Seminoles QB Winston named AP player of the year
By KAREEM COPELAND
TALLAHASSEE, Fla. — The Winter of Winston continues for Florida State’s redshirt freshman quarterback.
Jameis Winston is The Associated Press national player of the year, adding to his cadre of postseason accolades. He’s this year’s Heisman Trophy winner, the Walter Camp national player of the year, the Davey O’Brien quarterback of the year and the Atlantic Coast Conference player of the year.
Seminole football fans should send a thank you note to Florida State’s baseball program.
If not for coach Mike Martin Sr. and one of his assistants, Mike Martin Jr., Winston — a two-sport athlete — might not be preparing to lead the No.1-ranked Seminoles against No. 2 Auburn in the BCS championship game Jan. 6 with the opportunity to bring a third national title back to the Florida State campus.
When Winston won the Heisman he thanked the usual cast of family, coaches and teammates. Then there was the thanks to “Eleven” and “Meat.” Most of the country ignored the peculiar names, but Winston wouldn’t have attended Florida State without the warm relationship between football coach Jimbo Fisher and the Florida State baseball coaching staff. “Eleven” — otherwise known as baseball coach Martin Sr., who has led the program for 34 years, and “Meat” — Martin Jr.
Martin Jr. was on a recruiting trip to watch Winston during his junior year of high school when he called to let Fisher know. Fisher actually had tape of Winston on his desk at the time and decided to put it in. About 30 minutes later, Fisher called Martin Jr. back and said, “Don’t let him get away.”
Winston hit a game-winning home run that day.
“Jimbo Fisher deserves the credit for giving the young man the opportunity to display his talents in another sport,” Martin Sr. said.
Fisher covets players that come from diverse backgrounds where football wasn’t their only sport. He actively looks for athletes that play numerous positions on the football field and play different sports.
“It makes you a different kind of competitor,” Fisher said. “You learn to learn the different situations. Handle different pressures. Handle noise. Handle quiet. Different games are played in different ways and in different environments. … You’re constantly competing and you don’t get in that rut of you only get it once a year. I think when you’re getting it two and three different times of year, the more you’re in competitive situations, the more you find out about yourself. …
“I wish more athletes were multi-sport guys than they are now.”
Just like the Heisman voting, Winston was a landslide AP winner. He received 49 out of 56 votes cast by AP Top 25 college football poll voters.
Northern Illinois quarterback Jordan Lynch received three votes. Alabama quarterback AJ McCarron got two votes. Boston College running back Andre Williams and Michigan State cornerback Darqueze Dennard each received one vote.
Winston is the first Florida State player to win the award, which has been handed out since 1998, and the first from the Atlantic Coast Conference. Florida State and Winston continued to excel despite a sexual assault investigation that became public last month. The State Attorney’s Office announced that it would not press charges before the ACC championship game.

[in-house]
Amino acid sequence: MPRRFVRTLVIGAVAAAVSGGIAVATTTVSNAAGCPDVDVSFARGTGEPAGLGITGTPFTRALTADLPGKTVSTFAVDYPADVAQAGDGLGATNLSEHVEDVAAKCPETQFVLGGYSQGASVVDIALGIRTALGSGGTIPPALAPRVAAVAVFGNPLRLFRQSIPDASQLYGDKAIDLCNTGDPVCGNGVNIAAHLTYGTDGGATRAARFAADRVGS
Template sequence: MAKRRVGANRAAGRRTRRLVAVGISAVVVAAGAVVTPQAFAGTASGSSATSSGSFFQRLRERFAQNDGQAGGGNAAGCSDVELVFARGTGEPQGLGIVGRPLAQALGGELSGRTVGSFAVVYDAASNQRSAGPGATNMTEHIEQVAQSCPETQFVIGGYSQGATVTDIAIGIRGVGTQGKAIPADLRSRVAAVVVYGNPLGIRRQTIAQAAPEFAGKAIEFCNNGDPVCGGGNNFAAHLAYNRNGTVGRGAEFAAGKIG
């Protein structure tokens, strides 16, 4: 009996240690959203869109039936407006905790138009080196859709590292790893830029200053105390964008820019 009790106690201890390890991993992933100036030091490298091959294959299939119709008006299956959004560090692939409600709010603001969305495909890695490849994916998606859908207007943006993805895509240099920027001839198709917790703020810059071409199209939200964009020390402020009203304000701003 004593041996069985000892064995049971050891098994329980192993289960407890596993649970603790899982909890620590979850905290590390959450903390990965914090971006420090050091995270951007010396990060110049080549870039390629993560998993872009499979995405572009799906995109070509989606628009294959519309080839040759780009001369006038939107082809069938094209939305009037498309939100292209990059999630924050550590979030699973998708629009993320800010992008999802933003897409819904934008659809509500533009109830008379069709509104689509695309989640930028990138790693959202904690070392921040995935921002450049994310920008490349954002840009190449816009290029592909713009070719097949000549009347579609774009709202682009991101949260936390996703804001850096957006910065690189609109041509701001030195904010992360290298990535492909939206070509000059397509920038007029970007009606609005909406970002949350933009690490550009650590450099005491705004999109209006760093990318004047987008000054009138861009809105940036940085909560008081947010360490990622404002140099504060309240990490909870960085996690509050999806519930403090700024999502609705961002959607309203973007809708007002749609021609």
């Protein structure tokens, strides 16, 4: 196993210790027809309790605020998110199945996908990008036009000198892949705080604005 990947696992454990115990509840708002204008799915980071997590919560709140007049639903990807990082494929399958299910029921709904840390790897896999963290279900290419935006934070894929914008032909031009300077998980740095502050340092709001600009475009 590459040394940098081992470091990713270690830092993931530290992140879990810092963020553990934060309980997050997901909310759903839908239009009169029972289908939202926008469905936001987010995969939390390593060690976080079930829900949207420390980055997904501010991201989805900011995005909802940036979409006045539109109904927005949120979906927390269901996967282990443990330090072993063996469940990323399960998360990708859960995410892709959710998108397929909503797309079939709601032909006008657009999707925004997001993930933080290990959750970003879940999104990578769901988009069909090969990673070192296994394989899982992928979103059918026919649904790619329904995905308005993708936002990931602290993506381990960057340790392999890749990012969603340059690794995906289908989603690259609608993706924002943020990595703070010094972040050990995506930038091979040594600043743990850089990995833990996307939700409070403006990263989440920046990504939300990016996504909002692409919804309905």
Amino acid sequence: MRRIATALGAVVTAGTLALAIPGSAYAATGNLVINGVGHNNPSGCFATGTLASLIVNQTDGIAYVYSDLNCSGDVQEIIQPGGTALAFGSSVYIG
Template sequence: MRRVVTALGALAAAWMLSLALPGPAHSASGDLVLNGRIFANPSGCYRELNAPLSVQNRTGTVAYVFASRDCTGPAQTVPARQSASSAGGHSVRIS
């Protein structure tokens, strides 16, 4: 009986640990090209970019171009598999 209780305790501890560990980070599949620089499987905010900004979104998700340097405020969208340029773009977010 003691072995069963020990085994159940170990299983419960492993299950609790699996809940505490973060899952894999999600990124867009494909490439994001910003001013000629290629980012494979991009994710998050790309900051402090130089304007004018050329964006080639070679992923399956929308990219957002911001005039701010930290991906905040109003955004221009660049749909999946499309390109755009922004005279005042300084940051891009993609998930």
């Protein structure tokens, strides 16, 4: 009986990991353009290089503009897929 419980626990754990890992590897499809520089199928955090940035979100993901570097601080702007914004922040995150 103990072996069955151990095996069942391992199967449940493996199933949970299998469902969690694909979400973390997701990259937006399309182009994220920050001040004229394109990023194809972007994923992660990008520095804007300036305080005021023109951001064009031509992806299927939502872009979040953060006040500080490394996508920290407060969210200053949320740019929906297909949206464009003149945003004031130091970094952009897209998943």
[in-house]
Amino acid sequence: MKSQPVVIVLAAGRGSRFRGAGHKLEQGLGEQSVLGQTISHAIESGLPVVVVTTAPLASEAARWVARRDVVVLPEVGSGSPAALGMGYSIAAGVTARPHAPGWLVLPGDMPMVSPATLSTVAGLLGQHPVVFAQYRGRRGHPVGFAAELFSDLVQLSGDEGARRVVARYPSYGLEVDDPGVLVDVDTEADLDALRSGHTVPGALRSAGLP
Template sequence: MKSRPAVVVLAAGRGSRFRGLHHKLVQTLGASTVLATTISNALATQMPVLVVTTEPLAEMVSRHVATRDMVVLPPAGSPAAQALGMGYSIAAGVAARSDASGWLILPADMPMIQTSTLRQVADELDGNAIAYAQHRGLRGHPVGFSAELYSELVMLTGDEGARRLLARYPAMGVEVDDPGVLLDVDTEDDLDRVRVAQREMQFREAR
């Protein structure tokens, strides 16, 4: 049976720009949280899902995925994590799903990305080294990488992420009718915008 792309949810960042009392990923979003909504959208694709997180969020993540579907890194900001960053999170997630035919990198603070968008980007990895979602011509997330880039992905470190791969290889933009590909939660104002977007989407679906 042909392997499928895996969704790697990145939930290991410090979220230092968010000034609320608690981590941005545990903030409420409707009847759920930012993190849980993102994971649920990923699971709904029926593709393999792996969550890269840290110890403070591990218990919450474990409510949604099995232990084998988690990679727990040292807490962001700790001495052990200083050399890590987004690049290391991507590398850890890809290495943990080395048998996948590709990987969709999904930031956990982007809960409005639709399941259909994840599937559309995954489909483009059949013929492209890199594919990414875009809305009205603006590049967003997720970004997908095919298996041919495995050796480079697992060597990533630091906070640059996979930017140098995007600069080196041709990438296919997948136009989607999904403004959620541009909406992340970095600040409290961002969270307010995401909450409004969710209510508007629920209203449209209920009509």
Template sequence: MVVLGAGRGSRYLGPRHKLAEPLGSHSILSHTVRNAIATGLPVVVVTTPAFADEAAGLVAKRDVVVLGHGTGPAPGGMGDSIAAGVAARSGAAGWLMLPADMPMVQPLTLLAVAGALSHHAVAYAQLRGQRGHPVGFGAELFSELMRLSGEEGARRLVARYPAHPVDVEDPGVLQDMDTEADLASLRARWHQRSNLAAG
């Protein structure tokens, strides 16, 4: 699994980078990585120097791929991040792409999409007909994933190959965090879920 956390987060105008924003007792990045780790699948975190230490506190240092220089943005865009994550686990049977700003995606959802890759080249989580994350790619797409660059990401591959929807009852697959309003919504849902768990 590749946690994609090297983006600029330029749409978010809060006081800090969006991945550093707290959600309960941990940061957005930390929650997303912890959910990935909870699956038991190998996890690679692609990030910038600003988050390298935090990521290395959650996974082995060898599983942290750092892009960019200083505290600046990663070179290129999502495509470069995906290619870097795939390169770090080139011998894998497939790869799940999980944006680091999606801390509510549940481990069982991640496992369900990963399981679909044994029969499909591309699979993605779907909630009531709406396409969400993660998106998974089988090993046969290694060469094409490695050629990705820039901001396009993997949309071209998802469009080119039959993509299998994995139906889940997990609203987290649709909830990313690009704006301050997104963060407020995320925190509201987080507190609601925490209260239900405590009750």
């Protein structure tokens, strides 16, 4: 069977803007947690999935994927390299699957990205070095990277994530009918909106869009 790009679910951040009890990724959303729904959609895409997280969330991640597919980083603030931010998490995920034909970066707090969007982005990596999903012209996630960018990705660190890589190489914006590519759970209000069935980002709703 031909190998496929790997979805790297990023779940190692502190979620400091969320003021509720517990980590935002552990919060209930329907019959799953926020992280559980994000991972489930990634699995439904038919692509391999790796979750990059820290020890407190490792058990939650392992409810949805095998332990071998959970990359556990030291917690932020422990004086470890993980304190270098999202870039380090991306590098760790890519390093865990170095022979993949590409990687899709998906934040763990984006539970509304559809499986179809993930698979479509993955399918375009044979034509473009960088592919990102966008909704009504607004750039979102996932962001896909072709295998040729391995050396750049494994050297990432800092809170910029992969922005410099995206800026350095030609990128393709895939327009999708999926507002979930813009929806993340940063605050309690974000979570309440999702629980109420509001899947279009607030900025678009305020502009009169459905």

Bo Jackson, the 1985 Heisman winner, was also a two-sport star from Winston’s hometown of Bessemer, Ala. The 19-year-old Winston said after the Heisman ceremony that he wants to better than Jackson. The Texas Rangers drafted Winston in the 15th round of the 2012 MLB draft, but he elected to go to school.
Winston will compete for the closer job for the No. 5-ranked Seminoles when baseball begins.
He has a fastball that reaches 93-95 miles per hour and throws a slider for strikes. Martin Sr. said there are no restrictions on the quarterback outside of the normal rest for pitchers. Winston is poised to become the sixth winner in Heisman history to play collegiate baseball after winning the award and the first since Jackson in 1986, according to STATS LLC.
Martin Sr. believes Winston could be the No. 1 overall pick in the MLB draft if he was to singularly focus on baseball, but the coach doesn’t want that. He sees Winston as a first-round pick in both baseball and football.
“I never want him to devote full time to baseball because then I would miss out on his talent in football,” Martin Sr. said. “He’s just one of those rare athletes that only come around once in a blue moon.”
Winston said baseball helped him “a lot with football because baseball is a failing game. As a quarterback you have to handle every situation the same.
“So when I throw a touchdown I’ll celebrate and whatnot but when I throw a pick I keep my head up and say my fault guys and move on and keep stuff going. Baseball helped me with that.”
AP Football Writer Ralph D. Russo in New York contributed to this report.
Rules for posting comments
Comments posted below are from readers. In no way do they represent the view of Oahu Publishing Inc. or this newspaper. This is a public forum.
Comments may be monitored for inappropriate content but the newspaper is under no obligation to do so. Comment posters are solely responsible under the Communications Decency Act for comments posted on this Web site. Oahu Publishing Inc. is not liable for messages from third parties.
IP and email addresses of persons who post are not treated as confidential records and will be disclosed in response to valid legal process.
Do not post:
- Potentially libelous statements or damaging innuendo.
- Obscene, explicit, or racist language.
- Copyrighted materials of any sort without the express permission of the copyright holder.
- Personal attacks, insults or threats.
- The use of another person's real name to disguise your identity.
- Comments unrelated to the story.
If you believe that a commenter has not followed these guidelines, please click the FLAG icon below the comment.